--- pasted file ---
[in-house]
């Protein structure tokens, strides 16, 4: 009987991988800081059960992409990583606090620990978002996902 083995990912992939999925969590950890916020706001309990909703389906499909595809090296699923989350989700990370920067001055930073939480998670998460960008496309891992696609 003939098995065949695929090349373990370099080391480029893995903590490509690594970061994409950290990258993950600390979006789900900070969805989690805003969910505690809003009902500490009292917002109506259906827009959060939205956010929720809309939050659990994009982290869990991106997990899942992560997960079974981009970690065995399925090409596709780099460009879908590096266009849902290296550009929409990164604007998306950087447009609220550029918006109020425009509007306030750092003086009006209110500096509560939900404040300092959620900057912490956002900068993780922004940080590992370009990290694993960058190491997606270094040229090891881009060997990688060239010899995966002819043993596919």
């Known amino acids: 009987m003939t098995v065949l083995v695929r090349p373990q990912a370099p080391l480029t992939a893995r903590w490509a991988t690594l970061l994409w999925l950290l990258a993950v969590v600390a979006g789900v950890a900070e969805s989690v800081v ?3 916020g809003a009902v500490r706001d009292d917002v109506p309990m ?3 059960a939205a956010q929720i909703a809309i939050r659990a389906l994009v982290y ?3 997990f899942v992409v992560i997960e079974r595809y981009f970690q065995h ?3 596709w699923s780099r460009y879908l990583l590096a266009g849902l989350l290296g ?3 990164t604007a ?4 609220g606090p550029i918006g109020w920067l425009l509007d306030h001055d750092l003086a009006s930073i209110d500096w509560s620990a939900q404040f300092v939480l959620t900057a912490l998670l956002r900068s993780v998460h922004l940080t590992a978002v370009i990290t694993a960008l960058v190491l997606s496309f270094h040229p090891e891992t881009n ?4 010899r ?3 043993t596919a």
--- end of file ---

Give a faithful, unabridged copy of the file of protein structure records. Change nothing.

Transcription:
[in-house]
């Protein structure tokens, strides 16, 4: 009987991988800081059960992409990583606090620990978002996902 083995990912992939999925969590950890916020706001309990909703389906499909595809090296699923989350989700990370920067001055930073939480998670998460960008496309891992696609 003939098995065949695929090349373990370099080391480029893995903590490509690594970061994409950290990258993950600390979006789900900070969805989690805003969910505690809003009902500490009292917002109506259906827009959060939205956010929720809309939050659990994009982290869990991106997990899942992560997960079974981009970690065995399925090409596709780099460009879908590096266009849902290296550009929409990164604007998306950087447009609220550029918006109020425009509007306030750092003086009006209110500096509560939900404040300092959620900057912490956002900068993780922004940080590992370009990290694993960058190491997606270094040229090891881009060997990688060239010899995966002819043993596919």
């Known amino acids: 009987m003939t098995v065949l083995v695929r090349p373990q990912a370099p080391l480029t992939a893995r903590w490509a991988t690594l970061l994409w999925l950290l990258a993950v969590v600390a979006g789900v950890a900070e969805s989690v800081v ?3 916020g809003a009902v500490r706001d009292d917002v109506p309990m ?3 059960a939205a956010q929720i909703a809309i939050r659990a389906l994009v982290y ?3 997990f899942v992409v992560i997960e079974r595809y981009f970690q065995h ?3 596709w699923s780099r460009y879908l990583l590096a266009g849902l989350l290296g ?3 990164t604007a ?4 609220g606090p550029i918006g109020w920067l425009l509007d306030h001055d750092l003086a009006s930073i209110d500096w509560s620990a939900q404040f300092v939480l959620t900057a912490l998670l956002r900068s993780v998460h922004l940080t590992a978002v370009i990290t694993a960008l960058v190491l997606s496309f270094h040229p090891e891992t881009n ?4 010899r ?3 043993t596919a």